Kevin Nash to be Inducted into WWE Hall of Fame

Mandatory Credit: WWE.com

The speculation and rumors of the past few months can officially be laid to rest as former six-time World Heavyweight champion Kevin Nash will be the final inductee into WWE Hall of Fame, as announced by Rolling Stone.

Nash, 55, is a 25-year veteran of the professional wrestling industry. Beginning his career with the now defunct WCW, the near seven-foot tall Nash went through several gimmicks with the company, ultimately never finding a niche for himself in the company.

After leaving WCW, Nash made his way to the WWF under the name 'Diesel', as he caught the eye of Shawn Michaels, one of the WWF's top performers. As Nash told Rolling Stone, making the move the WWF is what helped skyrocket his career.
"Shawn seeing me as Vinnie Vegas on WCW TV, asking Vince to bring me in as a bodyguard, that's where I learned the business," Nash says. "Sitting ringside, watching Shawn and Scott Hall work, all of my progression was because of them. The exposure I got because of that changed my career forever, and I'm eternally grateful to Shawn and Scott and Vince McMahon, because WCW couldn't do anything with me."
During his time with the WWF, Nash held the WWF championship for nearly a year, becoming one of the top big men of both his generation and of all-time. However, Nash bolted back to WCW with the promise of a lighter work schedule and more money. It was that move that helped establish the former college basketball player as one of the top names in wrestling.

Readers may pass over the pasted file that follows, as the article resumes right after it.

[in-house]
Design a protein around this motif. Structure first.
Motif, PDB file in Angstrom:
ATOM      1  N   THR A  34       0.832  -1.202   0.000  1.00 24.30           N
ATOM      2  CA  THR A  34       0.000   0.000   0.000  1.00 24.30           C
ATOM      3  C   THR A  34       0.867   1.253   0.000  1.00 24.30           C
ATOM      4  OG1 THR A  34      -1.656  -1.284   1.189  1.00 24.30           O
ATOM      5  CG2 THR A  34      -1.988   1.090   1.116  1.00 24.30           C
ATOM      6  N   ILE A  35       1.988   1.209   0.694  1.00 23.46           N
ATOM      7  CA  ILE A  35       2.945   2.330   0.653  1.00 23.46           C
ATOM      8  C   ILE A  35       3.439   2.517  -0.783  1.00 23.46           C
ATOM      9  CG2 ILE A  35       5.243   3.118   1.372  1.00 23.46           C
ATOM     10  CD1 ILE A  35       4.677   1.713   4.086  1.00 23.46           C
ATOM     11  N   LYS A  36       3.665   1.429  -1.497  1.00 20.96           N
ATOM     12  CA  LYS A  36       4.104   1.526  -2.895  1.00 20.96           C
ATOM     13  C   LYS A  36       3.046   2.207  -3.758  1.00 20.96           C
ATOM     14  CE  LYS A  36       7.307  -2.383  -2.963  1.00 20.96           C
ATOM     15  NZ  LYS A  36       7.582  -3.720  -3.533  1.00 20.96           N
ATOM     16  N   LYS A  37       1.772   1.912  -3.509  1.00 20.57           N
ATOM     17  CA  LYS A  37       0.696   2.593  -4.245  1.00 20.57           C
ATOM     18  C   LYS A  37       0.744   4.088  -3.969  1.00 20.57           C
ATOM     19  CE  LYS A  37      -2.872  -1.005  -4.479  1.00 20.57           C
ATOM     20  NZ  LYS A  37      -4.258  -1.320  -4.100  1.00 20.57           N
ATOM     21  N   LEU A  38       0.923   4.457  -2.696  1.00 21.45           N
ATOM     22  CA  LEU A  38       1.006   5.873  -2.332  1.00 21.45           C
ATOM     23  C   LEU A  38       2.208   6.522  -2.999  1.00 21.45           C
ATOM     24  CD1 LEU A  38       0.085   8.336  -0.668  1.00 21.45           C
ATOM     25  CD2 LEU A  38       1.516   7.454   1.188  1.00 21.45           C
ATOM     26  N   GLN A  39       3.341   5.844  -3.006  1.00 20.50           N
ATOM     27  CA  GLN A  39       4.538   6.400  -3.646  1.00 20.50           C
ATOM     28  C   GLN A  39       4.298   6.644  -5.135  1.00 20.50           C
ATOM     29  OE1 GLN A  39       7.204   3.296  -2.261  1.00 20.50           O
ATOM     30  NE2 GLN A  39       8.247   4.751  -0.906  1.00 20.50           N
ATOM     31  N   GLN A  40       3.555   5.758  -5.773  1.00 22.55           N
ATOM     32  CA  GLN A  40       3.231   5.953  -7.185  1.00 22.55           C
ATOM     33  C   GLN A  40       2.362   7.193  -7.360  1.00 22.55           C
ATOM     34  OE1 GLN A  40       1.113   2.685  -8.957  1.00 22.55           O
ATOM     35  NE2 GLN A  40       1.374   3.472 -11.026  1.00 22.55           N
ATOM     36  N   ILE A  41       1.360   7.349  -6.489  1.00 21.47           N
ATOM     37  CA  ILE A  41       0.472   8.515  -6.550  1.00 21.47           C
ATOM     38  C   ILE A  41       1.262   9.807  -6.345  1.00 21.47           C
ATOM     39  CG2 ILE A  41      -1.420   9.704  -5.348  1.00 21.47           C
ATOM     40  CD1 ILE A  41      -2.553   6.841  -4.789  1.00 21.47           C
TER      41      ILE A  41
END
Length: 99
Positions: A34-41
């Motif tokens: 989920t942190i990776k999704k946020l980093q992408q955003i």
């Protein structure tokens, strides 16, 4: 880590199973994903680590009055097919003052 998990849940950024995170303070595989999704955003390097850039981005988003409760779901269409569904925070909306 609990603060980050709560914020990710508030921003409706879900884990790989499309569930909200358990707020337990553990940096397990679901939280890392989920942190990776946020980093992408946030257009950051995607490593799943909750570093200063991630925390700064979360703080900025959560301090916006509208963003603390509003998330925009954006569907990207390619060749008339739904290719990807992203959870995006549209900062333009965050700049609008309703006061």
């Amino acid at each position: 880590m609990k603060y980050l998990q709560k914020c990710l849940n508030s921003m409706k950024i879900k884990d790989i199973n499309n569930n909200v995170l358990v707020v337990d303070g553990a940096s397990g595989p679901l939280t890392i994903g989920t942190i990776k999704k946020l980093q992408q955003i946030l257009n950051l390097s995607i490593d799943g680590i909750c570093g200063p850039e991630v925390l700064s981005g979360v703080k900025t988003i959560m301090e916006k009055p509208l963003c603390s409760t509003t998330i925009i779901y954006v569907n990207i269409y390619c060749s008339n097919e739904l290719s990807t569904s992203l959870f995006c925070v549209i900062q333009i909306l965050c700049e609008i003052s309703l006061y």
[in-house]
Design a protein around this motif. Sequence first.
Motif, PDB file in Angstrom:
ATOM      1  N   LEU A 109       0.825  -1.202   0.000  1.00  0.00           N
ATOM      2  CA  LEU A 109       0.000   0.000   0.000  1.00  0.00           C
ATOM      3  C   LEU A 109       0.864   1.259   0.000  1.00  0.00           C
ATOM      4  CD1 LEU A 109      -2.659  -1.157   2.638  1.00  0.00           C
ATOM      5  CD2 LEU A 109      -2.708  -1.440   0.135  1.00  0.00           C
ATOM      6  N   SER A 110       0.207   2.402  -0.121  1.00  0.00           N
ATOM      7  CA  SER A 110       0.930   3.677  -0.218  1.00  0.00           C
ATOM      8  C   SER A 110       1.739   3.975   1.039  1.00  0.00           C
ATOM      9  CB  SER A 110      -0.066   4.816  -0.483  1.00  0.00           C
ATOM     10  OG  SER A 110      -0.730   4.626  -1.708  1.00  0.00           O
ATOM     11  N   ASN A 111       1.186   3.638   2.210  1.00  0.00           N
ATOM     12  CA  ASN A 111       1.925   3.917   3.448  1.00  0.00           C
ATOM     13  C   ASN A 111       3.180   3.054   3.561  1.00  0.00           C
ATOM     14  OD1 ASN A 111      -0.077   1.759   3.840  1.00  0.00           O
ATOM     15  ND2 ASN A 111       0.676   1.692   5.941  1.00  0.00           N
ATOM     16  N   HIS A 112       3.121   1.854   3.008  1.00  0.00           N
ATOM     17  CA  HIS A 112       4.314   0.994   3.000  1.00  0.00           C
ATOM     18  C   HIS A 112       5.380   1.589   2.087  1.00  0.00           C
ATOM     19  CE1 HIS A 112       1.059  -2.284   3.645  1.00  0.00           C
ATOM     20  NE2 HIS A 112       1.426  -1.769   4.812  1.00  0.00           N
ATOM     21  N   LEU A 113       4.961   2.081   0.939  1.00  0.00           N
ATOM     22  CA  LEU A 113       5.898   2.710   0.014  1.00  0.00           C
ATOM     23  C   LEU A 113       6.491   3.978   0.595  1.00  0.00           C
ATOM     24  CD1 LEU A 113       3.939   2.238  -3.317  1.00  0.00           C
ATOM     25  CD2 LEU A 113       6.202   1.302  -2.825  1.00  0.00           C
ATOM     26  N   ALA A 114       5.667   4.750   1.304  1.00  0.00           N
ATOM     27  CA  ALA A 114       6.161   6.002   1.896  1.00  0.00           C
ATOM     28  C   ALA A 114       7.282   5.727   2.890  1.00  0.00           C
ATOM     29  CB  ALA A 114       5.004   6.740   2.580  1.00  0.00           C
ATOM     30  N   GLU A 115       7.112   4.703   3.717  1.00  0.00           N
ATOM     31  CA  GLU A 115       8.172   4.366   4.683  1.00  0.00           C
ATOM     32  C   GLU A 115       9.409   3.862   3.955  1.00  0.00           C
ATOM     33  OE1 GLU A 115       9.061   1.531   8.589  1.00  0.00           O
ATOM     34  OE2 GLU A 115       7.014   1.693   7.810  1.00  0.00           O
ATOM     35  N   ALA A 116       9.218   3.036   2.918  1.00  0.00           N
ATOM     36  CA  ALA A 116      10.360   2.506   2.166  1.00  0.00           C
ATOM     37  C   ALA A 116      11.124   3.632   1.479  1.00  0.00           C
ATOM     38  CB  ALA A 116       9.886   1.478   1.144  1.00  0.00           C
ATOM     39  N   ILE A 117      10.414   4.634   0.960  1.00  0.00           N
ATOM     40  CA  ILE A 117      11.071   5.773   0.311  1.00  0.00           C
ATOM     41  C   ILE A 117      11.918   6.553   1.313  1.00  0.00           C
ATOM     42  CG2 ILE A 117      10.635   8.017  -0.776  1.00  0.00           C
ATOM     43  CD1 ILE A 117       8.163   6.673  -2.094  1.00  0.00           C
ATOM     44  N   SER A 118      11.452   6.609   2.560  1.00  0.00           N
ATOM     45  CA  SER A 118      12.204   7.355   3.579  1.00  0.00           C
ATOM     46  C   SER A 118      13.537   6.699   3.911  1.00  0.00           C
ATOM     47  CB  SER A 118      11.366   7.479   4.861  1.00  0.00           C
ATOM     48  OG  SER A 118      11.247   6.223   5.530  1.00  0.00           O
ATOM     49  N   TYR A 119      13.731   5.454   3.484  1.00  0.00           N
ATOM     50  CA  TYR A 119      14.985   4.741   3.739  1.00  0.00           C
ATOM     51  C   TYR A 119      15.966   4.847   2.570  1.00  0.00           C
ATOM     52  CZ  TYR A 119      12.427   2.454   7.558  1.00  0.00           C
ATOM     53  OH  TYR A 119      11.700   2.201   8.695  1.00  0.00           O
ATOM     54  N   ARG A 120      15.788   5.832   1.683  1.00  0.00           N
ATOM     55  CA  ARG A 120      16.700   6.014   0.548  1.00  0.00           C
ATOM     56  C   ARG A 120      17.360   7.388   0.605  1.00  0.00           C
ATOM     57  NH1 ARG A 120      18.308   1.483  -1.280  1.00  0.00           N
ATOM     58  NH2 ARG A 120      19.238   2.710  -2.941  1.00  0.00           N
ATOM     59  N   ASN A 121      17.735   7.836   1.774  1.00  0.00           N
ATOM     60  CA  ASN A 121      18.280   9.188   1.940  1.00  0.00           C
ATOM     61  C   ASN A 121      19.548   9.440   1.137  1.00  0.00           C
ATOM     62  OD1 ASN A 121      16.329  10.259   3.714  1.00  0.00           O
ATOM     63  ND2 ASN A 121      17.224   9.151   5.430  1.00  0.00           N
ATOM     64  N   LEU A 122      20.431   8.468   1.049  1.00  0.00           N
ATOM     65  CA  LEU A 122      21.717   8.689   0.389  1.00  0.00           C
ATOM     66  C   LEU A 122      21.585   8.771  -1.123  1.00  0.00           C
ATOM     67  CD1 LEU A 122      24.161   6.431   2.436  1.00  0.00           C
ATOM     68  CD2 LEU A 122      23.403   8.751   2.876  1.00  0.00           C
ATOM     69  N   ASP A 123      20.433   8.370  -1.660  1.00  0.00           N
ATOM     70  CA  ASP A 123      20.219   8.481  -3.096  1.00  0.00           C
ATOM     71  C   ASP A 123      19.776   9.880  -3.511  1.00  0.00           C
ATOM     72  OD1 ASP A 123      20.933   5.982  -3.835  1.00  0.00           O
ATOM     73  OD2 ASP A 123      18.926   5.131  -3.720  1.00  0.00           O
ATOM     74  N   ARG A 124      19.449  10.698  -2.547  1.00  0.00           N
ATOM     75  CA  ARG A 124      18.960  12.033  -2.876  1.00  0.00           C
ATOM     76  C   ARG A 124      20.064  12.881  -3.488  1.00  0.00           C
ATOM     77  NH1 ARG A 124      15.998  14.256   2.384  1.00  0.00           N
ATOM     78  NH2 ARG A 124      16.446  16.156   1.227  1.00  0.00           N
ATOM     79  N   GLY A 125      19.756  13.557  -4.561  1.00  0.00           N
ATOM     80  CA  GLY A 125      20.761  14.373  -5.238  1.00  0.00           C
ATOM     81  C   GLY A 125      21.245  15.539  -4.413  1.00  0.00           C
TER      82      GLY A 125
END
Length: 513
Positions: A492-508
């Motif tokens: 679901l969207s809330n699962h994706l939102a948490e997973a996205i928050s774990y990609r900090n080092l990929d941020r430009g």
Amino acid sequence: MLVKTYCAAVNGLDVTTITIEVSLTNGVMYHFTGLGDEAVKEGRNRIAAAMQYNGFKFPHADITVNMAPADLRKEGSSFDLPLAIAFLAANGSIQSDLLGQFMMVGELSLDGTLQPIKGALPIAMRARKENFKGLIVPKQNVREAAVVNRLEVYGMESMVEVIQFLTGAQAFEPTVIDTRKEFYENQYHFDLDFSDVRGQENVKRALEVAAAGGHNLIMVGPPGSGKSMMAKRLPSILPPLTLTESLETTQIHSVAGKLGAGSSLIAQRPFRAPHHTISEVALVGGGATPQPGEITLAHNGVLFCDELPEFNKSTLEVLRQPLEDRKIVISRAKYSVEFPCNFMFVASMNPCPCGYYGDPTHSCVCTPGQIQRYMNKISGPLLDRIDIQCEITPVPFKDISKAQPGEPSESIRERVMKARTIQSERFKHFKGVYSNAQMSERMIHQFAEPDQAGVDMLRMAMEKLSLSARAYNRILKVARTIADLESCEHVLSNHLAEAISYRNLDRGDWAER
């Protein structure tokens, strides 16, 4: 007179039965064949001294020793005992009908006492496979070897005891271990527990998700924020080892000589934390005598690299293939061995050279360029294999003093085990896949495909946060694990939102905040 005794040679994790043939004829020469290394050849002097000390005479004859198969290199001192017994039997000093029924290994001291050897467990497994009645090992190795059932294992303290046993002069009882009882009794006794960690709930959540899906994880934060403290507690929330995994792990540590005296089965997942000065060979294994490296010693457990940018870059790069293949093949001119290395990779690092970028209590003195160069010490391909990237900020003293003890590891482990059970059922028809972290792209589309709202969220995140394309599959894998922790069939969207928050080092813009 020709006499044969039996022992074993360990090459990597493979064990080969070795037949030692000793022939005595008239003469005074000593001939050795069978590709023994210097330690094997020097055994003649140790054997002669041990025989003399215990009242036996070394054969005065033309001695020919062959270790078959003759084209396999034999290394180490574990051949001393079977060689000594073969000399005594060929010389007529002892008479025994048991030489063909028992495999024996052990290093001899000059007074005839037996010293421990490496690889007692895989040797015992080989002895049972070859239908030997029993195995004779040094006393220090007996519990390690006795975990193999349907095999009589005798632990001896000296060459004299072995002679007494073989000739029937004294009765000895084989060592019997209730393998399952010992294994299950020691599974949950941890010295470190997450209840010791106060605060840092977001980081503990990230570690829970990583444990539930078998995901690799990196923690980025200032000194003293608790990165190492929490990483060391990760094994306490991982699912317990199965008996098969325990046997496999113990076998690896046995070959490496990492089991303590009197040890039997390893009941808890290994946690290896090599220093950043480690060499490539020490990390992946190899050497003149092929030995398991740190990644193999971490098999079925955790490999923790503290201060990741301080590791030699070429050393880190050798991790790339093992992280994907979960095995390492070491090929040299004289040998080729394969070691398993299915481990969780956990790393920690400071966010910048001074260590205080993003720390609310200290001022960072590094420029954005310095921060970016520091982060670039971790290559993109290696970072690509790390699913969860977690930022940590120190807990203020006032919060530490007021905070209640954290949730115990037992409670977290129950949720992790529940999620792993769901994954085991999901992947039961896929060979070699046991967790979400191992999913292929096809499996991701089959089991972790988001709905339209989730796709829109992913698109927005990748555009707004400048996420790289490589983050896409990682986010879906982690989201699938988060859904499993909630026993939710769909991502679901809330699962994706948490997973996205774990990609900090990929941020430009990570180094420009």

As five years passed, Nash solidified himself as a legend in the business. Five different reigns as WCW World heavyweight champion, along with being a founding father of the nWo, the most popular faction of all-time, his impact on wrestling couldn't be denied.

When he did leave to return to WCW, Nash and his longtime friend Scott Hall managed to secure guaranteed contracts for themselves. A concept that had been unprecedented at that juncture but one that Nash is proud to have achieved for future generations of wrestlers.
"When people write articles about why I should or shouldn't be in the Hall of Fame, inevitably they always mention something about all of that," he says. "To be honest, I think the thing I'm most proud of is that I always viewed this as a business, and without me doing some of those things, this business wouldn't be as lucrative for some of the guys as it is today.
WCW closed down in 2001, and Nash continued to wrestle. He returned to the WWE for two separate stints in 2002 and 2011, returning to the company he once deserted.  Also, Nash acted in a slew of movies, including the now popular 'Magic Mike' movies.

Now, as he enters the WWE Hall of Fame, Nash is appreciative of the honor and the legacy he was able to leave behind and the life he provided for himself.
"I've been called just about everything, but this is the first time I'll be called a Hall of Famer. It's nice," Nash laughs. "It's been a long 25 years, but this business has been great to me. Without wrestling, there's no way I'd be where I am today. I'd probably own a strip club someplace."



Mark Suleymanov

Over the past half decade, Mark has covered sports and New York City with bylines appearing in The Inquisitr News, GiveMeSport, Fansided, SB Nation, Scout, and numerous other publications. 

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